What Really Carries Weight in the ME? (Joining the Global Fight Against Obesity)

Obesity is a constant topic of conversation and concern throughout the world, but increasingly so in the Middle East .  Rare is the day that goes by where regional newspapers do not feature at least one article on the subject.  

Confronting the issue of obesity, heart disease and diabetes is continually at the forefront in this country as well, likely a result of increasingly alarming rates of overweight and obese people within the state (I won't throw any random numbers around, but a simple google search will yield approximate obesity rates for pretty much any country).  

The conditions listed above are explicitly addressed in this country's national health strategy, at regional health conferences, within school curriculums, in urban planning and in the national development strategy.  Qatar has even gone so far as to declare the second Tuesday of February a statutory 'sports' holiday as part of its commitment to create awareness and to provide citizens and residents with opportunities to live healthy and get fit.  I think the country is actually taking some very impressive, concrete and sustainable steps towards providing the education needed to incite this and future generations to healthy living.  

Yet coupled with the awareness initiatives is an increasing trend toward quick fixes to this expanding (pun intended) problem.  Health food stores and "diet shops" are popping up more and more in the ME.  Entire clinics catering exclusively to patients seeking lap band surgery and gastric bypass are not unheard of.  Fast tracks to rapid weight loss that don't really have much to do with embracing the benefits of a healthier lifestyle.

It's not unheard of to find these establishments set up in a strip mall, right next to a popular fast-food outlet, bakery, donut shop or ice cream parlor.  I can't help but wonder at the logic.  It's almost like opening up a chemo center next to a cigar bar.  "Come on in and see us;  we'll try to make you better, but if we fail, you can always pop in next door for your last hoorah!"

A glowing example of the stopgap approach appeared in yesterday's local newspaper, touting an initiative in Dubai to help motivate people to lose weight through the launch of a campaign titled "Your Weight in Gold".  Participants in the campaign who lose a minimum of 2 kg by August 18, 2013 will be compensated with 1 g of gold for each kg lost.  

"Brilliant!"

Or is it?  What possible personal motivation is attached to that gram of gold?  While I applaud the intention, I can't help but think that the carrot at the end of the skinny stick is not enough in this case to get people thinking about what really matters.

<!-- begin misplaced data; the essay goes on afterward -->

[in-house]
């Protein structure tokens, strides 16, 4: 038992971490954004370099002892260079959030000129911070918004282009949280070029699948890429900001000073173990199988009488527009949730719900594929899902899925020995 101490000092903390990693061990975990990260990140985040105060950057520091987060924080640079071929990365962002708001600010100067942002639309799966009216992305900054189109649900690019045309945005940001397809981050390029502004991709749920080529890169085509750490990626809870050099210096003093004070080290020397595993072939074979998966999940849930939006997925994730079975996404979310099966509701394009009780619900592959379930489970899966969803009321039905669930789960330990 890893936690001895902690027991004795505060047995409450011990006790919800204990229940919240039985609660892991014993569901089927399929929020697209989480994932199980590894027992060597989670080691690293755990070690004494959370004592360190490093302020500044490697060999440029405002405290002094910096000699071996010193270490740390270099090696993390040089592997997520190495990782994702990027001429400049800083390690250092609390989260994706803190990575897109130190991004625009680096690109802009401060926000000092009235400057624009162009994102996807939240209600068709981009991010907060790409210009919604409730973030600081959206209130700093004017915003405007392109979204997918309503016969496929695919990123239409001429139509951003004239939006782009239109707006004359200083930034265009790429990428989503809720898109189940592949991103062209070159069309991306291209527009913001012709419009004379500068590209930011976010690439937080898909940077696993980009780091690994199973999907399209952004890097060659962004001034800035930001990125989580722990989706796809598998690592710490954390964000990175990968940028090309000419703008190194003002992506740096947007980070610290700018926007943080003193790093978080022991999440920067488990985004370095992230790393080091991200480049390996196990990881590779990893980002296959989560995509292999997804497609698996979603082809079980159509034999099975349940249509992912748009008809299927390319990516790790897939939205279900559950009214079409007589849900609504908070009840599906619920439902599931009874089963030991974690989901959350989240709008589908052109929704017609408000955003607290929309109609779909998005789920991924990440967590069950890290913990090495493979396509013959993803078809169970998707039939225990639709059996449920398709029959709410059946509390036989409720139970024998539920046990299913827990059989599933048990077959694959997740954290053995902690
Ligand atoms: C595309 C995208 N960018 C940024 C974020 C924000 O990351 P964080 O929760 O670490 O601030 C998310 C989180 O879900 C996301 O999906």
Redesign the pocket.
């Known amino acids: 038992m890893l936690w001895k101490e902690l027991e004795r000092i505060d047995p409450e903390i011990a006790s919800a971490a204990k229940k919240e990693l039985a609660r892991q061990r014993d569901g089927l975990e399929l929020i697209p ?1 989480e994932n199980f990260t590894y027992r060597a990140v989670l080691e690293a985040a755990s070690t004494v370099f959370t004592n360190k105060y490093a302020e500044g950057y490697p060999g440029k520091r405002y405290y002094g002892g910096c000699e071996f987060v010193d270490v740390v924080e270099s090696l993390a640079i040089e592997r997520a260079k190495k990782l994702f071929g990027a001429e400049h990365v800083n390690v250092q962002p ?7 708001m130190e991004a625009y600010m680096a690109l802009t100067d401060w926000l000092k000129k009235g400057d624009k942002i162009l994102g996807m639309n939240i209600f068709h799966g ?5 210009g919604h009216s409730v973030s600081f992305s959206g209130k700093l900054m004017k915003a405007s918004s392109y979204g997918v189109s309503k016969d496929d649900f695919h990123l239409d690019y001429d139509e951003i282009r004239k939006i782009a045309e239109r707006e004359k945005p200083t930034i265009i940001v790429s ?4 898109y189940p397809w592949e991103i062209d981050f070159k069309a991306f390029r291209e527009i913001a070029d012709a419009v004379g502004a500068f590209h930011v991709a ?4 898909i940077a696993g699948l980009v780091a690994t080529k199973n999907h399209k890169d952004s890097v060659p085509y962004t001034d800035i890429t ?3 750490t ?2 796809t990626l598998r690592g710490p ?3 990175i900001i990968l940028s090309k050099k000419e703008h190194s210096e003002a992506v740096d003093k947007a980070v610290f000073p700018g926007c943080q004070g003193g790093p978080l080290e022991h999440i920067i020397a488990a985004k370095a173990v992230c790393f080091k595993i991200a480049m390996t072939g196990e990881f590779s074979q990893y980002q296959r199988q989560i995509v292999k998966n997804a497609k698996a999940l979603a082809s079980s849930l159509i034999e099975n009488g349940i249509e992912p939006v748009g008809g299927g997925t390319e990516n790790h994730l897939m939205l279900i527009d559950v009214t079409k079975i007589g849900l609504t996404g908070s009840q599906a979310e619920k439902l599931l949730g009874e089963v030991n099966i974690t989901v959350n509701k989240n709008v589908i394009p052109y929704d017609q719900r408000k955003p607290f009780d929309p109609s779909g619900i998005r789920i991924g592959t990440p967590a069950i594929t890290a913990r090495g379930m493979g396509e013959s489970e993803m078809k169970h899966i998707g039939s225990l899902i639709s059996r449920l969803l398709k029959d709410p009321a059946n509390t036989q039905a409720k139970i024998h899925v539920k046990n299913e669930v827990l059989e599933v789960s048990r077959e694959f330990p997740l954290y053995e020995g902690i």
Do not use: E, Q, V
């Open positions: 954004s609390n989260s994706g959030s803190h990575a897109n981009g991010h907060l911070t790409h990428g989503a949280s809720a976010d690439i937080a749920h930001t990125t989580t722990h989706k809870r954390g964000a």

A gram of gold is selling today at about 47$ (US).  In the big scheme of things, I'm convinced that 2kg of "me" is worth more than 95$.  At that rate, my life (as measured by my weight) is barely worth $2,700.  Is that really how we want to go around measuring what matters?   

It got me thinking about the things that really motivate people to make a positive lifestyle change.  For example, recent studies have shown a possible link between weight loss and improved memory in older women.  I'm thinking if I were menopausal, that study would be a pretty good incentive to lose a few lbs.  

For some people, it might be the hope of living a little longer, or a little better.  For others, it might be a chance to practice a sport with their child, or that mountain climb that's been on their bucket list.  It might be simply to stop burping so much, or to ease the pain in that bum knee.  It might be to leave a healthy legacy to their child, or to breathe easier, or to simply feel better about themselves.  

But somehow I doubt it's ever about 95$. 

Hopefully personal motivation will kick in and it's not only silver and gold that will carry weight in the fight to end obesity. 

 Sometimes you just have to step away from the fridge ... 

Sometimes you just have to step away from the fridge ... 

As an aside .... 

I wonder what world health powers would think of my strategy to change food currency to calories and physical activity rather than dollars and cents?  

e.g.  After my diet breakfast and diet lunch, I pop in for a fast food burger and fries.  The conversation that ensues goes something like this:    

Fast Food Server:  That will be 1,400 calories, Mam.    

Me:  But I don't have 1,400 calories left today.  I've already paid 1,200 for lunch and breakfast.

Fast Food Server:  Well, we ARE offering a special on the "Balanced Meal";  it comes in at just under 600 calories.  It's not as trendy, but it's gotten some really good reviews. 

Me:  But I really wanted the "Biggie Biggie Meal".  Can't we come to some sort of agreement? 

Fast Food Server:  Well, you're in luck.  Because we've just started a layaway plan.  I'll get the burger started, and you go back there and sign up with our Calorie Credit Agent.  Talk to him about signing up for the pedometer account.  It's that easy.  You can take up to 8 hours (at a leisurely 5 km/hr pace) to earn that burger, fries and big drink.  As soon as you're done, "Biggie Biggie Meal" is all yours.

I'm thinking I might reconsider a few food choices. 

 Sleeping right after a heavy meal can lead to health problems ... why not start making better lifestyle choices now?

Sleeping right after a heavy meal can lead to health problems ... why not start making better lifestyle choices now?